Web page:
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Lester R. Drewes, PhD
Department of Biomedical Sciences
University of Minnesota Medical School, Duluth Campus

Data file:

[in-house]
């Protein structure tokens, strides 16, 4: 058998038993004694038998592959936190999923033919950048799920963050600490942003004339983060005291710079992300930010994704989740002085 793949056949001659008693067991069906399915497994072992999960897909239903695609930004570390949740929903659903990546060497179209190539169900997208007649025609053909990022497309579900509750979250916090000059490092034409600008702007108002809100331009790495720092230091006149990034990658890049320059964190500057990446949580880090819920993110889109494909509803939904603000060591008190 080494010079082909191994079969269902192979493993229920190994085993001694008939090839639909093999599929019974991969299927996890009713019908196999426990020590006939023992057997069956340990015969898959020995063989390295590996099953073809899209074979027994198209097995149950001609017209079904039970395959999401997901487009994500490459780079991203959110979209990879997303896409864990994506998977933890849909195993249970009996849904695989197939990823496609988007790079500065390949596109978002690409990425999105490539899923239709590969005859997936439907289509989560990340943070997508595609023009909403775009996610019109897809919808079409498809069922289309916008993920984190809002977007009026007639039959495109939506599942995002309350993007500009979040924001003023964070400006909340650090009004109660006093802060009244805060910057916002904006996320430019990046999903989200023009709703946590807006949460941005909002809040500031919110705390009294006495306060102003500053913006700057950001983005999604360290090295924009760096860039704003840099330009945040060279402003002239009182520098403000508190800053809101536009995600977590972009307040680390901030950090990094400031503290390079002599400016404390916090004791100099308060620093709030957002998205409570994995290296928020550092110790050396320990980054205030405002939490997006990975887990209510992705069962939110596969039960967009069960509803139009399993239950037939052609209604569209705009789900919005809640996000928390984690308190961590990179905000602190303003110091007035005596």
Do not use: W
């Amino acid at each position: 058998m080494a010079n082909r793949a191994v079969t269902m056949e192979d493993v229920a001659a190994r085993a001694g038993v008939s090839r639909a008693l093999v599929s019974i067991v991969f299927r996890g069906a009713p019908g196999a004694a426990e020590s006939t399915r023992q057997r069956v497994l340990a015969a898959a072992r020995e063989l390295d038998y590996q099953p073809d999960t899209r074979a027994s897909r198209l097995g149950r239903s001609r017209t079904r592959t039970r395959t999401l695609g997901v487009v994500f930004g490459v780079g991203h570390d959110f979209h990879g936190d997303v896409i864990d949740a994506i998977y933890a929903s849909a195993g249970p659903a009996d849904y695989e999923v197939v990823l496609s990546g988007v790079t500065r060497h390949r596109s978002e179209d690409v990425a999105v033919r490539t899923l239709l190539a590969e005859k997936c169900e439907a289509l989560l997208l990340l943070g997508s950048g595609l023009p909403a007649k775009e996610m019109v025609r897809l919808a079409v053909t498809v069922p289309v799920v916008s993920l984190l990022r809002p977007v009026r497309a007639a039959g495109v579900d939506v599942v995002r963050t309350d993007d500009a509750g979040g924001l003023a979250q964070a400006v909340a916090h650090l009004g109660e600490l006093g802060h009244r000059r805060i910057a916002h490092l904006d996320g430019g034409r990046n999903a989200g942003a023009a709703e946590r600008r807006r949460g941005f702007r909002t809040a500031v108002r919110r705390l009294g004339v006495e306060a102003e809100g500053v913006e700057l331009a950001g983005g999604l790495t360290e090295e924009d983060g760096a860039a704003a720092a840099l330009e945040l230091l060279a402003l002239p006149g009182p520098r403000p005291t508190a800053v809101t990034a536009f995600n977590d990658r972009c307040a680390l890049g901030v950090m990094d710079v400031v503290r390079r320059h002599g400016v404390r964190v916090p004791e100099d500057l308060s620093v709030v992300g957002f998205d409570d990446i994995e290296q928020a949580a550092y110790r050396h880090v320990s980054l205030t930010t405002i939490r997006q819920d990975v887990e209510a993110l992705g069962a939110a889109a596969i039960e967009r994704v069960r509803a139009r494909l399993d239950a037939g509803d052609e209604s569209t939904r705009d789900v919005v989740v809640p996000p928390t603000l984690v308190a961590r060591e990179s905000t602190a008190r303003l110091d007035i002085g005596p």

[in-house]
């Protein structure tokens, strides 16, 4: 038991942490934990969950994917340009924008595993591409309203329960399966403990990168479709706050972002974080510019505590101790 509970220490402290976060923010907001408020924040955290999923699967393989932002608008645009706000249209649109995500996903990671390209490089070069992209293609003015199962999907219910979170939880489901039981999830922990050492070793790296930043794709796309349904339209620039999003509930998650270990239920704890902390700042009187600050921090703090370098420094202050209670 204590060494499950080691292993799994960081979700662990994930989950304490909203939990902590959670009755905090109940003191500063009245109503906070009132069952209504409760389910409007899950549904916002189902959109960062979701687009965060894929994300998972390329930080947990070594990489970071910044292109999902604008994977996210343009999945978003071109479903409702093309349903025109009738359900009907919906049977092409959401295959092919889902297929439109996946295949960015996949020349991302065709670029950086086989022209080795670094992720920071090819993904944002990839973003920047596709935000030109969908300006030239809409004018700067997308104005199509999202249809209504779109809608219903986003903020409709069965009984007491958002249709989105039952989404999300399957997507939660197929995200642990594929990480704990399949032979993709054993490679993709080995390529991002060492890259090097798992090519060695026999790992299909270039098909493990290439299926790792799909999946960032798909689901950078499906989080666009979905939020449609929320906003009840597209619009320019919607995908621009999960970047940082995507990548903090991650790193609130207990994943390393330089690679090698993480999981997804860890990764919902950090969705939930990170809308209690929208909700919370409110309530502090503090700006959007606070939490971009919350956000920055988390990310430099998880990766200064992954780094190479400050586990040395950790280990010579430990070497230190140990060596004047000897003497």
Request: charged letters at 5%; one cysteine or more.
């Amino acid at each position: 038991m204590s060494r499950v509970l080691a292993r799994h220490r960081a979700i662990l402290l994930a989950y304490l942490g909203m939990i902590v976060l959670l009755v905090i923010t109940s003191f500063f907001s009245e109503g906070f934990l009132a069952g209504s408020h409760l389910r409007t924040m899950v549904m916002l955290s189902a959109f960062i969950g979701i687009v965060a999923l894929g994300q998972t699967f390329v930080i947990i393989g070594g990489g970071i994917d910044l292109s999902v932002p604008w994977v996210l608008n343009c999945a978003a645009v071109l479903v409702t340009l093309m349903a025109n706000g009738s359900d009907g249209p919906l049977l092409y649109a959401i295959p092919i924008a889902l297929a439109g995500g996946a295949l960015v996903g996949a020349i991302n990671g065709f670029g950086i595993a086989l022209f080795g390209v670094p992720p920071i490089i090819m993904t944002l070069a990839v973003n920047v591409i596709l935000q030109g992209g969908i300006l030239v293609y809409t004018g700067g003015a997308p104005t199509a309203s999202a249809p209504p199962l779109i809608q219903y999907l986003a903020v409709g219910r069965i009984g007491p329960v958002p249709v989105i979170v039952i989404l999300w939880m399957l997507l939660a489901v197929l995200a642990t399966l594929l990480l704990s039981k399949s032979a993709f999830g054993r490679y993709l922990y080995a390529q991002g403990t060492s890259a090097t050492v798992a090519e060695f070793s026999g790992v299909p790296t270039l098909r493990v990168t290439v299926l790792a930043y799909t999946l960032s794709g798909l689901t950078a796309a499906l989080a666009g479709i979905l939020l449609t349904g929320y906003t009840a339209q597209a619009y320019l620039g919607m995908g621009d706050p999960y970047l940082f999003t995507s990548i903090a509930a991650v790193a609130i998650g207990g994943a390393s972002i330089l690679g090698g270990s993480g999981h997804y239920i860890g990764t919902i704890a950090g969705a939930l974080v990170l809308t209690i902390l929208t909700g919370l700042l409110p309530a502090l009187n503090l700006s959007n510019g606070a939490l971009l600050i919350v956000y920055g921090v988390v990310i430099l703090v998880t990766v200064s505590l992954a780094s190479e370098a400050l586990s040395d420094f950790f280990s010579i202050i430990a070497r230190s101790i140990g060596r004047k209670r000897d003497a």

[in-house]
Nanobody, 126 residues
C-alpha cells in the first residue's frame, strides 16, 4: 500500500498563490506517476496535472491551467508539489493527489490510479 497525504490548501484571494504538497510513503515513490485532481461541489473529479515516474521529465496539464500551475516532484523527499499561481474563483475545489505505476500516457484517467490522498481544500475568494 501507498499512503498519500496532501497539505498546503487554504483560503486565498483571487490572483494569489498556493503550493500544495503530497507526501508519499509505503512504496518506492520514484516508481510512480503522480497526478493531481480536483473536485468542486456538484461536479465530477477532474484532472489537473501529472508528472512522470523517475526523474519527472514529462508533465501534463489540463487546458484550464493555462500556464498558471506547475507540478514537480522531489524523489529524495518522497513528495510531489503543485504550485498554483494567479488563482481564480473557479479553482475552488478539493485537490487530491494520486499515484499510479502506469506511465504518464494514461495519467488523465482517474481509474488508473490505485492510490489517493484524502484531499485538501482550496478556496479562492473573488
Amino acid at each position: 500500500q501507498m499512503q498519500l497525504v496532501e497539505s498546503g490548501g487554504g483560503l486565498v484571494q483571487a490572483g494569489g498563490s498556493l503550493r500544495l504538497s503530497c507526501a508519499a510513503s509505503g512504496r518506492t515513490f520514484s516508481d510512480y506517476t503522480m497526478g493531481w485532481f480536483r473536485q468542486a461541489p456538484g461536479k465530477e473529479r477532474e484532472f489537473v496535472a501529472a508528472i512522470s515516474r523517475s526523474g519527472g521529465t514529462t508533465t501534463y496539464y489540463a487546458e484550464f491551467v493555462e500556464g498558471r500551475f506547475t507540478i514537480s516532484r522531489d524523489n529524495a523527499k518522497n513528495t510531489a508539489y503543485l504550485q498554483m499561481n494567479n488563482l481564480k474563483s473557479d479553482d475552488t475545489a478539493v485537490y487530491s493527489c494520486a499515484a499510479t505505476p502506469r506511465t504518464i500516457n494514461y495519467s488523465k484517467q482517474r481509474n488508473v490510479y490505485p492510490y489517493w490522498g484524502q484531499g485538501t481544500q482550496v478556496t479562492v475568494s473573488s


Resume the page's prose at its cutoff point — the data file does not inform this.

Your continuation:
With the benefit of genomic technologies, the identification of integral membrane proteins that function as transporters is nearly complete. These solute carriers are located in every cell of every organism and function to deliver substrates to their metabolic machinery, remove waste products, actively reject foreign chemicals, and maintain homeostasis between cells and their environment. Disruptions by mutations or inhibitors confirm the critical role of transporters and are the basis for diseases or toxic responses leading to pathologies. The vascular interface between blood and brain is a solid wall of endothelial cells with no gaps or spaces for diffusion. Therefore, transporters located in the luminal and abluminal membranes are the conduit for entry of essential substrates and the homeostatic maintenance of the brain microenvironment. Among the most active and critical transporters are GLUT1, MCT1, LAT1, ATA2 and MFSD2A. Because the specificity of transporters varies, they can also serve as passageways for pharmaceuticals designed to treat neurological diseases such as epilepsy, tumors, traumatic brain injury and psychological and neurodegenerative diseases. The design and delivery of drugs that effectively treat the target, but allow normal brain function, is one of the greatest challenges of neuromedicine today.